The Art of Making a Portfolio

If you’re ever asked to submit a portfolio for a project, gallery, contest, etc. — make sure you know what a portfolio is before submitting anything! I won’t go into all the details, but this topic reared its head a few days ago in that password-protected post that many of you are probably wondering about. Don’t worry, you’ll find out soon enough… Nevermind, I’ve opened it up so everybody can check out the discussions.

Being able to produce a decent portfolio is a skill worth having. A poorly constructed portfolio can be the sole cause of rejection, even if you’re the most amazing photographer on the face of the Earth. So here are a few lessons on the art of making a portfolio.

A PORTFOLIO IS…

a small collection of topic-related photos presented for the purpose of evaluation. And “small” typically means 10 to 20 photos. Any less and it’s hard to evaluate; any more and it’s hard to digest. Traditionally, a portfolio was in the form of prints bound into some kind of book or folder. With the digital age in full swing, portfolios can also take the form of a web page (which is actually the focus of this article). The photos should be your absolute best while also representing your style or capabilities as they relate to the given topic.

A PORTFOLIO IS NOT…

a photoblog, a gallery, a collection of galleries, or any other large collection of images. Photoblogs and galleries take too much time to navigate and generally contain too much information to paint a clear picture. If somebody has to review 50 or 100 electronic portfolios, you don’t want them to spend their limited time just looking for the photos. If they have to search too hard, it will only leave a negative impression and you’ll go right into the “No” pile. If your images are not closely related to the given topic, you only give yourself the appearance of not being skilled on that topic — again, right into the “No” pile.

WHAT’S A PHOTOGRAPHER TO DO?

Put some portfolios together right now! Don’t wait until you’re asked to present a portfolio on a moment’s notice. With tools such as Flickr, Zooomr, SmugMug, Picasa Web Albums, other photo-sharing sites, and personal websites, there’s no reason not to have some portfolios put together and ready to go.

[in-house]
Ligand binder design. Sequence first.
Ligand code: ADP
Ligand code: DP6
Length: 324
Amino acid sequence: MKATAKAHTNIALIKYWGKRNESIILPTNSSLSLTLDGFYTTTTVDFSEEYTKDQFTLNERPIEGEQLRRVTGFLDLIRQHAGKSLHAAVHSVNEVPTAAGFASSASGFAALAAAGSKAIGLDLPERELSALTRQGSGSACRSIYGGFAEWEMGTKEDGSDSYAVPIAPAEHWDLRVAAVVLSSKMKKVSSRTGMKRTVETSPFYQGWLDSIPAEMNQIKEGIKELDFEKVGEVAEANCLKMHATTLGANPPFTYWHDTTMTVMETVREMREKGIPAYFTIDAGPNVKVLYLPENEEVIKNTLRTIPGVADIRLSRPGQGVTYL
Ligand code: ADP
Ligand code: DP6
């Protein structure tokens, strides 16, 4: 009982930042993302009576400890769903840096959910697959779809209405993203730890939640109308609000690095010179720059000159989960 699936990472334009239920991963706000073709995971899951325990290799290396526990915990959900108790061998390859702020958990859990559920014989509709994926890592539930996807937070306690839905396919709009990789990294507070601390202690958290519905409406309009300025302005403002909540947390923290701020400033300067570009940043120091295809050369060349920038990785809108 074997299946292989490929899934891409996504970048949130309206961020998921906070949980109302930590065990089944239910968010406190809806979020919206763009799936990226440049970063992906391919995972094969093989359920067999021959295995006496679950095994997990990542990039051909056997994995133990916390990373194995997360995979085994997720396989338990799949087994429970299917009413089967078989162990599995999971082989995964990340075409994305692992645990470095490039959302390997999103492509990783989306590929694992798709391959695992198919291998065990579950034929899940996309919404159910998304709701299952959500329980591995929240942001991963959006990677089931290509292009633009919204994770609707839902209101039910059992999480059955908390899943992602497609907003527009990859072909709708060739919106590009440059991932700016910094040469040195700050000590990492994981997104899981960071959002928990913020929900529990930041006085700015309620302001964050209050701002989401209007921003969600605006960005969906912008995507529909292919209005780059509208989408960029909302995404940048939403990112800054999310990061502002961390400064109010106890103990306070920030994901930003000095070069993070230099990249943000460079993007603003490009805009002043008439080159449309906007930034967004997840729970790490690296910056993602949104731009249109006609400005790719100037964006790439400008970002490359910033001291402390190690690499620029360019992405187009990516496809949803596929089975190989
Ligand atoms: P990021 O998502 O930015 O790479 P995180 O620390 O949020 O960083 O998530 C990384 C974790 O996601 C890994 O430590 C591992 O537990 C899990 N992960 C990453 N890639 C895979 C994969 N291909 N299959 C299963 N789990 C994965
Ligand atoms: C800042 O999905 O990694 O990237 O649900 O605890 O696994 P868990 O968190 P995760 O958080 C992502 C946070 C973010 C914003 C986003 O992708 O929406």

Remember, keep them concise and constantly updated. Evaluate your collection of images and make the determination on which topics you could make a portfolio for. Some ideas might be landscape, macro, flowers, black & white, bright colors, street photography, portraits, abstract, fine art, weddings, religious, beaches, travel, countries, colors, architecture, interiors, neon signs… you get the point. If you’re a Flickr user, you can check your tags to give you an idea of which topics are good candidates. You can see my current portfolios on Flickr.

UPDATE: If anybody has a portfolio or collection of portfolios they’d like to share, leave the links in the comments.

If the occasion arises to submit a portfolio already in your collection, GREAT! You’re done! If somebody asks for a portfolio on a different topic, at least you have the experience to know what a portfolio should look like. For further reading on this topic, see “Creating a Photography Portfolio” over at photocritic.org.

18 thoughts on “The Art of Making a Portfolio

  1. kRiZ cPEc

    Just read this in my reader and I feel like to say thank you for the concise details of what makes a portolio. Thanks. I added a star to it.

  2. Antoine Khater

    Well Brian I wish you posted this before the project :) I did try to prepare something and present it but I just didn’t know how to do it !

    Thank you it is indeed very helpful

  3. Brian Auer Post author

    That’s awesome! Nice work — it certainly helps to give people a quick overview of what your areas of expertise are. Anybody else have a portfolio or collection of portfolios they’d like to share?